Fuzzy Logic = Computing with Words
As its name suggests, computing with words, CW, is a methodology in which words are used in place of numbers for computing and reasoning. The point of this note is that fuzzy logic plays a pivotal role in CW and vice-versa. Thus, as an approximation, fuzzy logic may be equated to CW.
There are two major imperatives for computing with words. First, computing with words is a necessity when the available information is too imprecise to justify the use of numbers. And second, when there is a tolerance for imprecision which can be exploited to achieve tractability, robustness, low solution cost and better rapport with reality. Exploitation of the tolerance for imprecision is an issue of central importance in CW.
In CW, a words is viewed as a label of a granule, that is, a fuzzy set of points drawn together by similarity, with the fuzzy set playing the role of a fuzzy constraint on a variable. The premises are assumed to be expressed as propositions in a natural language. For purposes of computation, the propositions are expressed as canonical forms which serve to place in evidence the fuzzy constraints that are implicit in the premises. Then, the rules of inference in fuzzy logic are employed to propagate the constraints from premises to conclusions.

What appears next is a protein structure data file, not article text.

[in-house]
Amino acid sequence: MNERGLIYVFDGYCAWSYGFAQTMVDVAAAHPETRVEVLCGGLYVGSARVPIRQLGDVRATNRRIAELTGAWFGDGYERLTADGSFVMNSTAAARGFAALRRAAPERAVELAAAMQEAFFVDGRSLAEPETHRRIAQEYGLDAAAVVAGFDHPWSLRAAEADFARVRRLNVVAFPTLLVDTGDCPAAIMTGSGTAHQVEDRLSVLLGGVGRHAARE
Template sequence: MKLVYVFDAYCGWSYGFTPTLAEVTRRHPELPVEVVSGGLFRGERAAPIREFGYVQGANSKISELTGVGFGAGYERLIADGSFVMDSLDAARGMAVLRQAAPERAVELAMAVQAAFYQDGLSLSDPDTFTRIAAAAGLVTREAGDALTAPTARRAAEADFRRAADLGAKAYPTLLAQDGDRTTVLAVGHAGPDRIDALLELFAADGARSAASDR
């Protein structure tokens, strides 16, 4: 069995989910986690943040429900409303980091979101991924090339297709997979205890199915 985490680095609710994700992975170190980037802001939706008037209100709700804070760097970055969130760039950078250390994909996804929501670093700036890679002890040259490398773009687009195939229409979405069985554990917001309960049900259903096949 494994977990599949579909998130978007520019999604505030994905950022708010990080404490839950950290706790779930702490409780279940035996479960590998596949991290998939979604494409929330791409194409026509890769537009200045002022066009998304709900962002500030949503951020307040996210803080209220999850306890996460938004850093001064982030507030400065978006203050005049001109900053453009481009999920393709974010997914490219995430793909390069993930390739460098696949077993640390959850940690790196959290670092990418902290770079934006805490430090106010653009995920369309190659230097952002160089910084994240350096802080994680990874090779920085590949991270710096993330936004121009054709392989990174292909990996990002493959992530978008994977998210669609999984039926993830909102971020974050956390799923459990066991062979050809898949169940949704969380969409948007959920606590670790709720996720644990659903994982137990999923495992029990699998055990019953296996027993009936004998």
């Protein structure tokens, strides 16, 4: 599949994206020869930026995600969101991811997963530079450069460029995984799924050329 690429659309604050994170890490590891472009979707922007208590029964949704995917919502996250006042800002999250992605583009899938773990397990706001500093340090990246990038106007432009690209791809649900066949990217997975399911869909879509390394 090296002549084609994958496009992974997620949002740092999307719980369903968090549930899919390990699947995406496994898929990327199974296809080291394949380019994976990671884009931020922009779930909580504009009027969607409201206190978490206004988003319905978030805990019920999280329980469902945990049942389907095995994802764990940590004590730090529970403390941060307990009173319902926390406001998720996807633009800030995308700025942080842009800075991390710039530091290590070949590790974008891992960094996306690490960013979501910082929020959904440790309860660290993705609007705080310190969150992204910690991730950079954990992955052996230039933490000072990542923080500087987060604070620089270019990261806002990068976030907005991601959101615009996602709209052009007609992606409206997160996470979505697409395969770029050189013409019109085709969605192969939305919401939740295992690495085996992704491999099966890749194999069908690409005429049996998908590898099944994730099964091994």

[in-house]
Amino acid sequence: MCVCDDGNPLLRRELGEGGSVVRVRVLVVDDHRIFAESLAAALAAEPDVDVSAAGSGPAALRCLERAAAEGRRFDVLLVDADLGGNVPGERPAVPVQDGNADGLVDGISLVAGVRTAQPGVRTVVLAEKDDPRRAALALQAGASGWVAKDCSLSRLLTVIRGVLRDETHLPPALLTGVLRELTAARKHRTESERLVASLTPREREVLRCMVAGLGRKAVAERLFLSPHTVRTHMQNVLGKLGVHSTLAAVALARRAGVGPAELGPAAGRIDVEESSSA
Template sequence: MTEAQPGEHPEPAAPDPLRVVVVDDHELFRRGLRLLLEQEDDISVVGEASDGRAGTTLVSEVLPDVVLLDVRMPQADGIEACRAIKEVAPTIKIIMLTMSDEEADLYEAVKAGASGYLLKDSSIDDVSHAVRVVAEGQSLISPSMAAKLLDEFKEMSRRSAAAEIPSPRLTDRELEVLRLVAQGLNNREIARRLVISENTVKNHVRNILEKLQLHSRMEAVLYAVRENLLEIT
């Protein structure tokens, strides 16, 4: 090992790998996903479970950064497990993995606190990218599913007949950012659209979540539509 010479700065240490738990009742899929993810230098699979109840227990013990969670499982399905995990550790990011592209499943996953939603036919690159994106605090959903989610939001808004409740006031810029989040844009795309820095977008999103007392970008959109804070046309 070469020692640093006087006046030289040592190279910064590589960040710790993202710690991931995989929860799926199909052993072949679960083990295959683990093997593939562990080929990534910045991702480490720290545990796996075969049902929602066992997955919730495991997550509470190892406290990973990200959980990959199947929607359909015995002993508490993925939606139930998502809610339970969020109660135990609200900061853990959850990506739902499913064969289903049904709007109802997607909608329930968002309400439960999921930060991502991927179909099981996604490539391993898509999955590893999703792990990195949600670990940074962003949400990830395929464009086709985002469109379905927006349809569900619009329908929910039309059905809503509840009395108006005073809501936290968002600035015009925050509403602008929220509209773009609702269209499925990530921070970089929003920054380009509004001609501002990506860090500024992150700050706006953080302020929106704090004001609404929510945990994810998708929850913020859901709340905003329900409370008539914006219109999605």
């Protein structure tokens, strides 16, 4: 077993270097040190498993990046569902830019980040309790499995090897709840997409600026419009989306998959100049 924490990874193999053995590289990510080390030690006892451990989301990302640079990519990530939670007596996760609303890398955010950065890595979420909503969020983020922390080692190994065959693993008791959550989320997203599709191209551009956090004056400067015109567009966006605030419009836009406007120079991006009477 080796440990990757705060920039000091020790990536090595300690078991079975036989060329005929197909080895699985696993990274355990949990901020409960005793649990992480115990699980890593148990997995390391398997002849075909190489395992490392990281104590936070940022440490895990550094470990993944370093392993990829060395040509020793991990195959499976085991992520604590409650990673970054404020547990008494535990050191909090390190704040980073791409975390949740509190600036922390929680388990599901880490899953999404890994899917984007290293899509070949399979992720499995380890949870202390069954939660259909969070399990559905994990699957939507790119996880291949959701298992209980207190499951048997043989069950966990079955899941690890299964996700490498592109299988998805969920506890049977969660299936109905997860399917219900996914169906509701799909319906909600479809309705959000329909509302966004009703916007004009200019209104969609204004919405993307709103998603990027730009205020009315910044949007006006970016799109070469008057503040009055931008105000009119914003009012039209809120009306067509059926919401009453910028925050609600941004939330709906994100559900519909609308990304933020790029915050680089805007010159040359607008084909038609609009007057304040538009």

At this juncture, the techniques of computing with words underlie -- in one way or another -- almost all applications of fuzzy logic. In coming years, computing with words is likely to evolve into a basic methodology in its own right with wide-ranging ramifications on both basic and applied levels.
KeywordsNatural Language Fuzzy Logic Canonical Form Constraint Satisfaction Problem Fuzzy Relation
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